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EPSRC Reference: EP/V027239/1
Title: Defining a Draft for a Zero Power Reactor Experiment for Molten Salt Reactors
Principal Investigator: Merk, Professor B
Other Investigators:
Welsch, Professor CP Burdin, Dr S Taylor, Professor RJ
Boston, Professor AJ Dawson, Dr R J Degueldre, Professor C
Researcher Co-Investigators:
Project Partners:
Delft University of Technology EDF Energy Plc (UK) National Nuclear Laboratory
Terrestrial Energy Inc. University of Edinburgh
Department: Mech, Materials & Aerospace Engineering
Organisation: University of Liverpool
Scheme: Standard Research
Starts: 01 July 2021 Ends: 30 June 2024 Value (£): 1,284,485
EPSRC Research Topic Classifications:
Energy - Nuclear
EPSRC Industrial Sector Classifications:
Energy
Related Grants:
Panel History:
Panel DatePanel NameOutcome
06 Apr 2021 Engineering Prioritisation Panel Meeting 6 and 7 April 2021 Announced
Summary on Grant Application Form
The challenge for all future energy supply is given in UN Sustainable Development Goal 7: Ensure access to affordable, reliable, sustainable and modern energy for all. In a more UK centric view, the Low Carbon Transition Plan - UK's plan for building a low carbon nation: cutting emissions, maintaining secure energy supplies, maximising economic opportunities and protecting the most vulnerable - highlighted the demand in 2009. Recently, the governmental decision "UK becomes first major economy to pass net-zero emissions law" has reinforced the urgency of action.

Nuclear technologies can deliver a promising solution for the share of required 24/7 reliable production which is essential for the stability of the national electricity supply. However, the current nuclear energy system is dominated by reactors which are not ideal for the required growth in energy production, since long-term operation of these reactors is not sustainable due to their limited use of the natural uranium. Their spent nuclear fuel contains still ~95% of its original energy content when it is unloaded from the reactor and considered as waste further on. Making use of this energy content still stored within the fuel can provide an almost unlimited energy resource. In addition, it can deliver a promising use for the Pu stockpile, an unused energetic asset leftover from the first attempt to close the fuel cycle. From economic and national security point of view the Pu stockpile currently has to be seen as a burden due to the requirement of safeguarded storage. This situation could be transformed by releasing its energetic and economic potential when used in a nuclear reactor.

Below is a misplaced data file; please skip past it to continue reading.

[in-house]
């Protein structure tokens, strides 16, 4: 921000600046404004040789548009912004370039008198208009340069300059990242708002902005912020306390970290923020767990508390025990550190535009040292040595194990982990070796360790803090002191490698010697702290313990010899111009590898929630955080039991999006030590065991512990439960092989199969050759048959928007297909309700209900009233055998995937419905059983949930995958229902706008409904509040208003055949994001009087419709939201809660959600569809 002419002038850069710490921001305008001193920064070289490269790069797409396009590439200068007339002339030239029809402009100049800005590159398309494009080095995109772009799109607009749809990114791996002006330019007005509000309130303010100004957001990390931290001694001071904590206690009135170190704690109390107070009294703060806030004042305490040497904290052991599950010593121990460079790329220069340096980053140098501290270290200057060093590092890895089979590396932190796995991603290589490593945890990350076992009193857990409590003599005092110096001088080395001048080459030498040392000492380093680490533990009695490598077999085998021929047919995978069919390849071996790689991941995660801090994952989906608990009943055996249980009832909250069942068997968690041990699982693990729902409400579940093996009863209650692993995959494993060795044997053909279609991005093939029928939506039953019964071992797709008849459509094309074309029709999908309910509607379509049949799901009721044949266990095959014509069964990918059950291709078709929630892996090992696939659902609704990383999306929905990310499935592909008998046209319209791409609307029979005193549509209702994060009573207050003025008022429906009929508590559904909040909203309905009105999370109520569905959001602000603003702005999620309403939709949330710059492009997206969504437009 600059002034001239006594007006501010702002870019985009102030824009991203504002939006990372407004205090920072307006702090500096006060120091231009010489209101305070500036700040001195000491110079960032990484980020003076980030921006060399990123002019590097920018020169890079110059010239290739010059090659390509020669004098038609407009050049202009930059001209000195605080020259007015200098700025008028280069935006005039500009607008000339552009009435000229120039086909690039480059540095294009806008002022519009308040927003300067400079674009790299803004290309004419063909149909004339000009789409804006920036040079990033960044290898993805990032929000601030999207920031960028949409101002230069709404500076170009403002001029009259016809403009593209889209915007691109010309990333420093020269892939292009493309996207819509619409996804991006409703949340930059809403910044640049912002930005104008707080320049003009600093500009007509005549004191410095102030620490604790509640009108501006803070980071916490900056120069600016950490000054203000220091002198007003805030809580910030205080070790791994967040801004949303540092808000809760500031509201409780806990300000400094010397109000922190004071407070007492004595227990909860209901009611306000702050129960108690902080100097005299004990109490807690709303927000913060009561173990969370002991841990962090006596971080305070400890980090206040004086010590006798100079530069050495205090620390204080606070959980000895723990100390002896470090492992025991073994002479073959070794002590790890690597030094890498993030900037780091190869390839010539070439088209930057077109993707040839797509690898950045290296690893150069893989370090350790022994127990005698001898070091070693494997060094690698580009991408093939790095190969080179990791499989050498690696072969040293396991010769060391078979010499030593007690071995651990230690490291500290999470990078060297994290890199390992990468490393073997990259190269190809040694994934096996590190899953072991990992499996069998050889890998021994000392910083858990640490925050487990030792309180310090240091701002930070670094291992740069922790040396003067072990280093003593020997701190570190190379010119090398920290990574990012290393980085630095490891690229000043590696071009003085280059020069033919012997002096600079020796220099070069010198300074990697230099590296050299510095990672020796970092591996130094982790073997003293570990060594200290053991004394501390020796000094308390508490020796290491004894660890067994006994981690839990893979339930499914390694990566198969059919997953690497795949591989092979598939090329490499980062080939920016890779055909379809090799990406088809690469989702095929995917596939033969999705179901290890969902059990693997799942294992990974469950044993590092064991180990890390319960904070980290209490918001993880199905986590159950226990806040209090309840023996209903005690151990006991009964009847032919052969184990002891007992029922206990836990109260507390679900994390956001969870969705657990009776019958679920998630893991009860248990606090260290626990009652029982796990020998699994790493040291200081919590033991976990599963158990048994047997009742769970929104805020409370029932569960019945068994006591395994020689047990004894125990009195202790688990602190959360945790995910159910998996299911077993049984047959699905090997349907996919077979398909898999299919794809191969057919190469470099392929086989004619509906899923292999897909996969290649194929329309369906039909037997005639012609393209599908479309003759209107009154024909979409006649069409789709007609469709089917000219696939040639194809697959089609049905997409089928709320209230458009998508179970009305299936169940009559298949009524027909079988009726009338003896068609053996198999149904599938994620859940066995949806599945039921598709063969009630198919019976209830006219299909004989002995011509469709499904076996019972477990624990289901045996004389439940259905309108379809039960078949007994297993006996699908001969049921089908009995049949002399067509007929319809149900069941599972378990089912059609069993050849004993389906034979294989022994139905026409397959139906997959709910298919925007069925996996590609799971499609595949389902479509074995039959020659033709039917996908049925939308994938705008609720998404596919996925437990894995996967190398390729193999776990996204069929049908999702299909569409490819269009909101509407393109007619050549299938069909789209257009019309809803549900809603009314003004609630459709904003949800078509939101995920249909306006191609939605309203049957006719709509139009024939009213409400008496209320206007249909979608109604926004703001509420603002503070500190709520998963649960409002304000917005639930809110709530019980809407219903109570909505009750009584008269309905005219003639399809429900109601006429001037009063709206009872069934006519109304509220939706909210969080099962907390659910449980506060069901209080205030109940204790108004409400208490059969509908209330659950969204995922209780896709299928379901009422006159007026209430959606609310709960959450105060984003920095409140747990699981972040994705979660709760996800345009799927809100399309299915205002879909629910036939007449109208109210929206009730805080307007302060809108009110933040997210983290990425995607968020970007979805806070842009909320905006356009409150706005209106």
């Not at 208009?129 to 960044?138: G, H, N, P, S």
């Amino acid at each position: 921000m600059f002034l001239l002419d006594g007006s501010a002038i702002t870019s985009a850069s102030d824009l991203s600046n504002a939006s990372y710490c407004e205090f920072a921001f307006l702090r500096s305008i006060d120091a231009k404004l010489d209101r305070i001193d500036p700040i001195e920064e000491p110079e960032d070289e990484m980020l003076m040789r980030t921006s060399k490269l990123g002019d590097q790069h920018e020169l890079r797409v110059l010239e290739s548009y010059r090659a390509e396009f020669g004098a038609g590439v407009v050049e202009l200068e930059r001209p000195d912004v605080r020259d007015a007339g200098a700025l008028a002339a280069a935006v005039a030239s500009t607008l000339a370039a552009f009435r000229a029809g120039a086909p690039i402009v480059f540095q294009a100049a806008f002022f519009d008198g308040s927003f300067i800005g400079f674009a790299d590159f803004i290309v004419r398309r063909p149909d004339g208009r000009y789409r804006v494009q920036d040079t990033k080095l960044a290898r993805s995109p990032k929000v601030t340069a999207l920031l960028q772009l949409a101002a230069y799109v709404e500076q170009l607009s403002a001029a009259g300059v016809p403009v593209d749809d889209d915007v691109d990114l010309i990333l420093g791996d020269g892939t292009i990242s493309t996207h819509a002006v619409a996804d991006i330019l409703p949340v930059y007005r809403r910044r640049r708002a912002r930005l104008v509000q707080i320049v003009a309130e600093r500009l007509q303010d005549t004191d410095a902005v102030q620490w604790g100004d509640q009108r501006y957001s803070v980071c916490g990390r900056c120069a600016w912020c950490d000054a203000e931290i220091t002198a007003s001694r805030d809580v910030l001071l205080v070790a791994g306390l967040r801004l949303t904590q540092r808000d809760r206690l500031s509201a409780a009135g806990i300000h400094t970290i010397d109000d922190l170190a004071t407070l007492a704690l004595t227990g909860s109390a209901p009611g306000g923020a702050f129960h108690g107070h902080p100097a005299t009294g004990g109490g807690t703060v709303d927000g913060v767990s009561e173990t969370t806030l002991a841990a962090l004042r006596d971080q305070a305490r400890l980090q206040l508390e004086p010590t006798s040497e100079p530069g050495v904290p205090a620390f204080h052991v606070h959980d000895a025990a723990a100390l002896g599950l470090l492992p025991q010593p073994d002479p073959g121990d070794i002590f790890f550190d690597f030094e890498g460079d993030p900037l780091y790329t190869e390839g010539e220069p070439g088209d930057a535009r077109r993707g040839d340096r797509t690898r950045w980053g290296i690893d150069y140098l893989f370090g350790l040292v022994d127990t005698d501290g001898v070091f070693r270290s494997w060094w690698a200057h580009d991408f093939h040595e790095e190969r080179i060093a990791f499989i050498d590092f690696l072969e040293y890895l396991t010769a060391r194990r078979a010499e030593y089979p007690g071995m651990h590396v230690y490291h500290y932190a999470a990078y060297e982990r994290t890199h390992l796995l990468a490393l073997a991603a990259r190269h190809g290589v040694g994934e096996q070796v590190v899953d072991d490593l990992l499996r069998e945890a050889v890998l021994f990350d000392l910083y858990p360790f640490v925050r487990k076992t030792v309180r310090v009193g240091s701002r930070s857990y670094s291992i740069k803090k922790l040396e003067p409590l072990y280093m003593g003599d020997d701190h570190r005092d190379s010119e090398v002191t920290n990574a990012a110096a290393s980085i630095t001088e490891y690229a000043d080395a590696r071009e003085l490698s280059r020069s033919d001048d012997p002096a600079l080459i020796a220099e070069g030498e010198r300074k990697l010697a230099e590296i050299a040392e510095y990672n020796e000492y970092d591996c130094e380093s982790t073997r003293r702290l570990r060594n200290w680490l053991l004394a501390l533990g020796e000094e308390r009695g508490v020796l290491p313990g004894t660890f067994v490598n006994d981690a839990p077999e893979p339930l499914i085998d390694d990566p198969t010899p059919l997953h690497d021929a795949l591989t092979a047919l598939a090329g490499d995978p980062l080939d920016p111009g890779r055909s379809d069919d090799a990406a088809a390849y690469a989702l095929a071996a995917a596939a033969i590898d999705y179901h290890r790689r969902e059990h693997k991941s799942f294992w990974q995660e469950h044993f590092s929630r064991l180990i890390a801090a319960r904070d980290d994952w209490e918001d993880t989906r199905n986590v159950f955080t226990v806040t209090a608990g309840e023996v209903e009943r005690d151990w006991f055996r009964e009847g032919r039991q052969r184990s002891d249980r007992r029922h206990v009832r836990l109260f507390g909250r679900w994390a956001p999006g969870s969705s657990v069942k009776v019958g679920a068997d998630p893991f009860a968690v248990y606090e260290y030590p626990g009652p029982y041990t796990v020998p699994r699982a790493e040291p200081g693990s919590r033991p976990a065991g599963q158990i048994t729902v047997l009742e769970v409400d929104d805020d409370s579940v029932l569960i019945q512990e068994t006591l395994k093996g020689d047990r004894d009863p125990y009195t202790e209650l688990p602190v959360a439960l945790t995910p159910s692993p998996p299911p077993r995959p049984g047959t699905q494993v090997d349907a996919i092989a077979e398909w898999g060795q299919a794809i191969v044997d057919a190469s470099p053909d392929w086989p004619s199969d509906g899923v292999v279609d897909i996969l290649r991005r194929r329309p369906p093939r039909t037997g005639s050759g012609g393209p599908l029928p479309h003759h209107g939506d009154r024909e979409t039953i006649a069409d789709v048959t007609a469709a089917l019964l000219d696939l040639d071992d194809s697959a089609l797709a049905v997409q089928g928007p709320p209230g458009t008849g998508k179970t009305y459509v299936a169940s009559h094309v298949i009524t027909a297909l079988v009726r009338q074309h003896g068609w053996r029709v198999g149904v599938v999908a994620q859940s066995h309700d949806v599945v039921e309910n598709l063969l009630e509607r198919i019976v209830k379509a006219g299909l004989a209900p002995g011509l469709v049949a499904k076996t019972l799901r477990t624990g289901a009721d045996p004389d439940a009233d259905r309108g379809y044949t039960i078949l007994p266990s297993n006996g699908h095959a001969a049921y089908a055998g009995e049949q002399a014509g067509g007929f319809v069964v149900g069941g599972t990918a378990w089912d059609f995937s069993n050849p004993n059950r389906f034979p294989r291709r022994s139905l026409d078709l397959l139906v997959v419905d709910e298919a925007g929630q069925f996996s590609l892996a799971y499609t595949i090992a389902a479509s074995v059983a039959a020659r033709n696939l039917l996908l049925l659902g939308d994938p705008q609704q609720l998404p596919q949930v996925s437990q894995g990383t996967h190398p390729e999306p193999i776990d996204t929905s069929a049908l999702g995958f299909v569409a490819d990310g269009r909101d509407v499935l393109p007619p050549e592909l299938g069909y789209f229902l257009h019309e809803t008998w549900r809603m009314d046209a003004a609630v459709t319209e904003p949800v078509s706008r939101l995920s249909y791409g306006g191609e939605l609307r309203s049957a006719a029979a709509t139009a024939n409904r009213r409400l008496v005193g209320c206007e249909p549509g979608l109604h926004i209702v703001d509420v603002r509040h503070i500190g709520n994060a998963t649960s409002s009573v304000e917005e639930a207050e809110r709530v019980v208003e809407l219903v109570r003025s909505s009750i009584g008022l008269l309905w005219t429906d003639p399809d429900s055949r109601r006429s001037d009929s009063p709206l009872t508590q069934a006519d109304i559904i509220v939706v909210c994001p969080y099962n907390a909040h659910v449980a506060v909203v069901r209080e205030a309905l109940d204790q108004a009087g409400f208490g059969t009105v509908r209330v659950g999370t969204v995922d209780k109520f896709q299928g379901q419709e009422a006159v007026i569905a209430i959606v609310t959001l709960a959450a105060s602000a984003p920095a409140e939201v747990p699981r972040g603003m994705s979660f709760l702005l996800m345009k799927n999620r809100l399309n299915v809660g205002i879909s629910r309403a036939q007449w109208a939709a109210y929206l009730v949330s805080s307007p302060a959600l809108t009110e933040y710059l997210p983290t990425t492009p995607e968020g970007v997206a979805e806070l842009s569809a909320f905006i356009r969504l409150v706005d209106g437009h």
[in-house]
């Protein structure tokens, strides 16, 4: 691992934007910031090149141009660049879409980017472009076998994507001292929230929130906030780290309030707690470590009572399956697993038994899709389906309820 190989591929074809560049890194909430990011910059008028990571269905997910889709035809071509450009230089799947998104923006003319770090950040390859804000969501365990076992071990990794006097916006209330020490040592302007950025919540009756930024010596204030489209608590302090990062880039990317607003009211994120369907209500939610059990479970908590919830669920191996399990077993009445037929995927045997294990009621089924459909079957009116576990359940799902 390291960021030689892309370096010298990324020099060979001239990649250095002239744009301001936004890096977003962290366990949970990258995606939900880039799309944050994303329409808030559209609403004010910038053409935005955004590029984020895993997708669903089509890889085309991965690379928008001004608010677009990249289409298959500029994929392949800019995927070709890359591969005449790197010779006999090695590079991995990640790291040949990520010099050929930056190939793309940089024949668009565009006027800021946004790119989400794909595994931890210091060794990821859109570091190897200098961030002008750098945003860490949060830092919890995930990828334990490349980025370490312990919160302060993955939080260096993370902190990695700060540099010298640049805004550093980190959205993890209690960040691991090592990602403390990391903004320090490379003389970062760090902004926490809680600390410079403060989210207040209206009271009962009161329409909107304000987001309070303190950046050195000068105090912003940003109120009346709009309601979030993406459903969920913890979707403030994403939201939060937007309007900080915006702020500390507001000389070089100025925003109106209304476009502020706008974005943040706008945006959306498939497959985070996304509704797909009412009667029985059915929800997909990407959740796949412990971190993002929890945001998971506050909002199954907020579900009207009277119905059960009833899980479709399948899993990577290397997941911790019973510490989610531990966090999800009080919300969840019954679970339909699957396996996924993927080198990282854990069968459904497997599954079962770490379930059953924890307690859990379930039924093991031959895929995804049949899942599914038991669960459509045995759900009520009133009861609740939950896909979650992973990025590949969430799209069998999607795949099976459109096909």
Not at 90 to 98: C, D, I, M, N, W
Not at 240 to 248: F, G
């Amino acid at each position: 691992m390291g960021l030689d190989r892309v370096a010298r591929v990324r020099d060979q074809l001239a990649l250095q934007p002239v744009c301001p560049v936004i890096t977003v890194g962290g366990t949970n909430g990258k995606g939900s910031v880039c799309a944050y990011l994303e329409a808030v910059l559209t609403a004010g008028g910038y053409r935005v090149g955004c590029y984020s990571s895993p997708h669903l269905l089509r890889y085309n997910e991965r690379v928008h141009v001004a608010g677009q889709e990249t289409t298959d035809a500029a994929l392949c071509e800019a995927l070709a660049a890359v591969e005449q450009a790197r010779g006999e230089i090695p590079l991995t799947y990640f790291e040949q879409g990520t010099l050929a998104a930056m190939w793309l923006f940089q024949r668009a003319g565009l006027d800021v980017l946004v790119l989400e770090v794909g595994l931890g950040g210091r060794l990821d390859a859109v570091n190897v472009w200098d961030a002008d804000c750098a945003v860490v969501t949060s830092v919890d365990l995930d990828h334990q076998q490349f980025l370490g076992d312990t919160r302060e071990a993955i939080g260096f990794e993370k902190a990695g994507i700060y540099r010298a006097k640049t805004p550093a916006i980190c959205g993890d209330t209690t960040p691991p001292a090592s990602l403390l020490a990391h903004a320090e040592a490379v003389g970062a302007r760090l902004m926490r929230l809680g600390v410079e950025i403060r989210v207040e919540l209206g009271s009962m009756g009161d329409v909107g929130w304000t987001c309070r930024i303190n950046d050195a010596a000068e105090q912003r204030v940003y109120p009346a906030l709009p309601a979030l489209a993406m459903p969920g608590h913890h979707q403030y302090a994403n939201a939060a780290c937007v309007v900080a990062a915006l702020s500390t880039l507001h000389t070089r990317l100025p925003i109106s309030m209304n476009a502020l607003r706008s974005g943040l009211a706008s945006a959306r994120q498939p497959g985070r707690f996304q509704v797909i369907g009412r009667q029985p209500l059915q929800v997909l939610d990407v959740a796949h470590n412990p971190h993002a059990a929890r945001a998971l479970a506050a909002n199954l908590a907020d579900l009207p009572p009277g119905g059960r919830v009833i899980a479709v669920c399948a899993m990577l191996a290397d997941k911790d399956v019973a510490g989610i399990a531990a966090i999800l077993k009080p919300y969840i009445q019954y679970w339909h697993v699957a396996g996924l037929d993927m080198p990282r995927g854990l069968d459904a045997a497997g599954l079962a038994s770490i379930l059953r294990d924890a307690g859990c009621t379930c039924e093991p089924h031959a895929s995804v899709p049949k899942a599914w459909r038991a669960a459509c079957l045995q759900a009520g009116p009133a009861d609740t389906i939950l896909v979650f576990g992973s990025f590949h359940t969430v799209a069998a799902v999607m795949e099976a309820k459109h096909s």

Based on this cognition, we propose a game-changer technology to support a massive and secure low carbon electricity production while achieving an almost complete reuse of spent fuel avoiding the growth of the spent fuel stockpile and the related waste problem. We propose closing the fuel cycle within an integrated system to avoid transports and the separation of fissile material with all problems related to eventual proliferation and misuse of nuclear materials. This can be achieved with innovative, liquid fuelled reactors linked to an integrated cleaning system.

However, no real experiments are available for these kinds of highly innovative reactors. Following the process of establishing a new, innovative reactor system as recently developed by Merk et al., a zero-power reactor experiment would be the essential first step to accelerate the technological development. Thus, this proposal focusses on the aim to establish a zero-power experiment, to demonstrate UK's technological leadership in disruptive nuclear development to facilitate research in sustainable energy generation. This will be delivered to create evidence and support for a governmental investment decision by developing a draft core design for a multi-purpose facility as well as the correlated experimental programme by applying advanced modelling & simulation tools.

However, a pre-requisite for a robust modelling & simulation study will be the reliable measurement of thermo-physical material data on the envisaged fuel salt composition to provide sufficiently reliable input data for the study of the experimental reactor. These measurements will require to produce a sufficient amount of uranium-based salt by establishing a production route on laboratory scale.

All steps are designed to improve the UK skills base for a successful development of a game-changer technology. Special focus will be on modelling & simulation to re-establish the skill base in reactor physics and reactor physical experiments which is currently not sufficient for a start into new technologies.

To create final evidence for a future governmental investment decision the chances and risks of the upgrading of an existing facility which would transform a burden to be decommissioned into a world leading experimental facility will be evaluated.

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Organisation Website: http://www.liv.ac.uk